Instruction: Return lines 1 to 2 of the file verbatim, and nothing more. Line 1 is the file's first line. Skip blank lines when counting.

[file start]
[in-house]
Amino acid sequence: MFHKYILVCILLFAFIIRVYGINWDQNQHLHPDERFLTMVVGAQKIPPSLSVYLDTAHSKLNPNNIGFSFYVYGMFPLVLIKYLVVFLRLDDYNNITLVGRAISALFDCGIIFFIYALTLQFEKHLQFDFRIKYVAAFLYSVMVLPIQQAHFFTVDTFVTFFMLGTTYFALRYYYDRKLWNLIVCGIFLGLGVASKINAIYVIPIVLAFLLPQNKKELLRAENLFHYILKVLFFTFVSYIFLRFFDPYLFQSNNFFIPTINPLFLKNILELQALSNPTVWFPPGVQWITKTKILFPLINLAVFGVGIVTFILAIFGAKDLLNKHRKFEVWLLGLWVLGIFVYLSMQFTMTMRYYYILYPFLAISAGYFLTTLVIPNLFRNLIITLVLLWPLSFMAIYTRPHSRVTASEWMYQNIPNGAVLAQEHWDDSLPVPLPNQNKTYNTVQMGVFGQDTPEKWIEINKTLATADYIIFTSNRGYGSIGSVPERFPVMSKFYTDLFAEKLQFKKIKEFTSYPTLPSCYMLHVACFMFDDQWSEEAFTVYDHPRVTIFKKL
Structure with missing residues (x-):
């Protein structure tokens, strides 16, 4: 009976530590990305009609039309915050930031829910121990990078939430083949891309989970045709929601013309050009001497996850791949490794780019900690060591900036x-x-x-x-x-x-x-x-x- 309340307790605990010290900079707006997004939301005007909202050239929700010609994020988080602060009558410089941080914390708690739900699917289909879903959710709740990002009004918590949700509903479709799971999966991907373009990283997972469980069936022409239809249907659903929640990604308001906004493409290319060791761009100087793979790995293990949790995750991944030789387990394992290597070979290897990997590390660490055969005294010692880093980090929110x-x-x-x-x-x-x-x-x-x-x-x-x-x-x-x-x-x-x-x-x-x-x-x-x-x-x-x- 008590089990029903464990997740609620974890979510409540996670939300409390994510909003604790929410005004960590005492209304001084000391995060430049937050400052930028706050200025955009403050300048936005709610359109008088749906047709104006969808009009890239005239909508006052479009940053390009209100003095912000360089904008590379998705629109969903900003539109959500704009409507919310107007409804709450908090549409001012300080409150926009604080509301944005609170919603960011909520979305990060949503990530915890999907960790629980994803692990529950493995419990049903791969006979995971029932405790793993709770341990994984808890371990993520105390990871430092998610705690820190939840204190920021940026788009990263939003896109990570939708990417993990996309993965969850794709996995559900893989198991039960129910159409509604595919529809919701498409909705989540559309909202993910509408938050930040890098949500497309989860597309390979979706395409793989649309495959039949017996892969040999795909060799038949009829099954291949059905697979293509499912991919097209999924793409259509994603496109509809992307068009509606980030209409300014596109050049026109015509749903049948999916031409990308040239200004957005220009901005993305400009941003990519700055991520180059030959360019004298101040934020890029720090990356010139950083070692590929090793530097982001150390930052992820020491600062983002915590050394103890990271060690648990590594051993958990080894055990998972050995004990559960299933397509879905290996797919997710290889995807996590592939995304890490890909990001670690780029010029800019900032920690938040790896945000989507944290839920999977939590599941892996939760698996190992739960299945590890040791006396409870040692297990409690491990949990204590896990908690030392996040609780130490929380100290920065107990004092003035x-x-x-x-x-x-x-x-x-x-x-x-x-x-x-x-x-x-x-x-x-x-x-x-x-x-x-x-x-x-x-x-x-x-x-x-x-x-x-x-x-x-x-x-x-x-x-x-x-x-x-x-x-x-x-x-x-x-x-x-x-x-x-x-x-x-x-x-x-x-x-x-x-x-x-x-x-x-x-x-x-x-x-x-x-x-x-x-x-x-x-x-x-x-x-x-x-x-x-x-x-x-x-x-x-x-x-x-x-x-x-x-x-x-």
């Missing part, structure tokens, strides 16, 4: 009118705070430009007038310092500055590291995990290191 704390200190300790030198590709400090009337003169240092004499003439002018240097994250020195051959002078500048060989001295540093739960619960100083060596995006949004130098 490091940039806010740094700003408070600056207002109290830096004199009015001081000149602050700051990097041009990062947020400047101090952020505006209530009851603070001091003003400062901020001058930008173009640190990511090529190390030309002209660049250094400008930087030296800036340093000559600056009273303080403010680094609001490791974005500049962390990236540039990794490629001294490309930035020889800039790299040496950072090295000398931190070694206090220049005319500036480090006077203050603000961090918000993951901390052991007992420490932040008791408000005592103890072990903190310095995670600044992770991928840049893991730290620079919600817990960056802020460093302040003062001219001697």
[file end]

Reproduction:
[in-house]
Amino acid sequence: MFHKYILVCILLFAFIIRVYGINWDQNQHLHPDERFLTMVVGAQKIPPSLSVYLDTAHSKLNPNNIGFSFYVYGMFPLVLIKYLVVFLRLDDYNNITLVGRAISALFDCGIIFFIYALTLQFEKHLQFDFRIKYVAAFLYSVMVLPIQQAHFFTVDTFVTFFMLGTTYFALRYYYDRKLWNLIVCGIFLGLGVASKINAIYVIPIVLAFLLPQNKKELLRAENLFHYILKVLFFTFVSYIFLRFFDPYLFQSNNFFIPTINPLFLKNILELQALSNPTVWFPPGVQWITKTKILFPLINLAVFGVGIVTFILAIFGAKDLLNKHRKFEVWLLGLWVLGIFVYLSMQFTMTMRYYYILYPFLAISAGYFLTTLVIPNLFRNLIITLVLLWPLSFMAIYTRPHSRVTASEWMYQNIPNGAVLAQEHWDDSLPVPLPNQNKTYNTVQMGVFGQDTPEKWIEINKTLATADYIIFTSNRGYGSIGSVPERFPVMSKFYTDLFAEKLQFKKIKEFTSYPTLPSCYMLHVACFMFDDQWSEEAFTVYDHPRVTIFKKL